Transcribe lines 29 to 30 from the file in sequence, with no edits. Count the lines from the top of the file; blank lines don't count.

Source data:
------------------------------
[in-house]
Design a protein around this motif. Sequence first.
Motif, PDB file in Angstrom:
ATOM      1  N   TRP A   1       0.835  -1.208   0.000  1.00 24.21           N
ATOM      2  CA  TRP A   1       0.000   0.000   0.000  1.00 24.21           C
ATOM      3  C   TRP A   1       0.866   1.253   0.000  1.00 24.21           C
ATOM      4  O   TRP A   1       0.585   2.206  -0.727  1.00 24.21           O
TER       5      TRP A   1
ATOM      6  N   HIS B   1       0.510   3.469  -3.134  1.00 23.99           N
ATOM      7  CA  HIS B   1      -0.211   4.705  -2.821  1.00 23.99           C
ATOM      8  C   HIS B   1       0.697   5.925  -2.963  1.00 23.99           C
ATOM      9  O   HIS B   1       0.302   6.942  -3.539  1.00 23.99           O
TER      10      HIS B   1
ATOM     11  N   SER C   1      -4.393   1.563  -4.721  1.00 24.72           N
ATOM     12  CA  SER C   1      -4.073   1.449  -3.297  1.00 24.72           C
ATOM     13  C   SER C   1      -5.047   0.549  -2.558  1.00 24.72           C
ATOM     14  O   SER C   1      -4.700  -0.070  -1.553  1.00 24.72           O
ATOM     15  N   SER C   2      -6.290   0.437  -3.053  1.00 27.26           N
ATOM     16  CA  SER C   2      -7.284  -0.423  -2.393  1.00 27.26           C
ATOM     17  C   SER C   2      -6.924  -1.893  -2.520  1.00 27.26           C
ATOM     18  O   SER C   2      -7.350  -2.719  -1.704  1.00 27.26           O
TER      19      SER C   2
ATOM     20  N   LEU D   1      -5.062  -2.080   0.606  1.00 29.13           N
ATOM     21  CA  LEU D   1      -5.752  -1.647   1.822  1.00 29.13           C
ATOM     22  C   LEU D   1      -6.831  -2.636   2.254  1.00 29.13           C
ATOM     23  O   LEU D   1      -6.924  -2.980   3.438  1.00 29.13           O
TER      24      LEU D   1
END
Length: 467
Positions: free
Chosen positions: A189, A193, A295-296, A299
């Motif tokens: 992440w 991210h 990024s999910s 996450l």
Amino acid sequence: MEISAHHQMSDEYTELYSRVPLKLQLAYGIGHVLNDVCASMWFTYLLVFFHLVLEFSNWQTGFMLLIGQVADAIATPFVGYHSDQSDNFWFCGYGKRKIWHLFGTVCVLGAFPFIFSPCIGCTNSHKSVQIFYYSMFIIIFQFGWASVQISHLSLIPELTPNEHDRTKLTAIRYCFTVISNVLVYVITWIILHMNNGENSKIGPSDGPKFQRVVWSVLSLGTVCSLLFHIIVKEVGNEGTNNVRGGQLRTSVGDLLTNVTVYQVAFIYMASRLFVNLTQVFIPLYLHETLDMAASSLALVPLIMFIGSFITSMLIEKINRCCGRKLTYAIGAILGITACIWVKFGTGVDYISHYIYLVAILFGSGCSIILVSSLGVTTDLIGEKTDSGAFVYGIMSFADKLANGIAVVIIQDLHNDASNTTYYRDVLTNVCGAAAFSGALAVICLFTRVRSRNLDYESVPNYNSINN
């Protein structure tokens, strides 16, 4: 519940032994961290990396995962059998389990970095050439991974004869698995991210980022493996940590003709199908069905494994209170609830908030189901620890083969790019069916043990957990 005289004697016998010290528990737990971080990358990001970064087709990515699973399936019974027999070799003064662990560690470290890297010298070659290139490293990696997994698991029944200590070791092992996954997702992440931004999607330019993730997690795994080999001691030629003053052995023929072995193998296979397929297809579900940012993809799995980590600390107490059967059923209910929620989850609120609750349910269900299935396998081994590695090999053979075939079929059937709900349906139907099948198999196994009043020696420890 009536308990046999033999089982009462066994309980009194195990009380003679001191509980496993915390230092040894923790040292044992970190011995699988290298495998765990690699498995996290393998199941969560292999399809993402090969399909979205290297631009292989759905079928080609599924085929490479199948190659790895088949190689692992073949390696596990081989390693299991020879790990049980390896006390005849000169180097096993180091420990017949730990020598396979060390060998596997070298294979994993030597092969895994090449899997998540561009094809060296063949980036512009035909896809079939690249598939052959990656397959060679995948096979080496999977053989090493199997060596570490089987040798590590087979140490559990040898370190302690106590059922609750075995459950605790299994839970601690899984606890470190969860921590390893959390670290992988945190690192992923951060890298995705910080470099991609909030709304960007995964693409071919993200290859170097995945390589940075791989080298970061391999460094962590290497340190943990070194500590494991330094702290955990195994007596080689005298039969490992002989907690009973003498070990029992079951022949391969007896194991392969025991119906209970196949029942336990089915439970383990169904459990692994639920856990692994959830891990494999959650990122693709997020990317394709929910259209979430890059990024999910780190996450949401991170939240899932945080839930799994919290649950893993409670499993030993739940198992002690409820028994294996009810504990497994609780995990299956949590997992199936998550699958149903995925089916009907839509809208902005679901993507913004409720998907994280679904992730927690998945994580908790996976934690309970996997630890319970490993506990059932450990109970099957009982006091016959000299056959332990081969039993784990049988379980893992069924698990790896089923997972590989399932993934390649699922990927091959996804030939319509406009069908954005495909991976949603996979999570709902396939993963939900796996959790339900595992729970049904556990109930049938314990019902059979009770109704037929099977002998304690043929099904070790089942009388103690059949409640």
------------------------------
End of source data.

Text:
Length: 467
Positions: free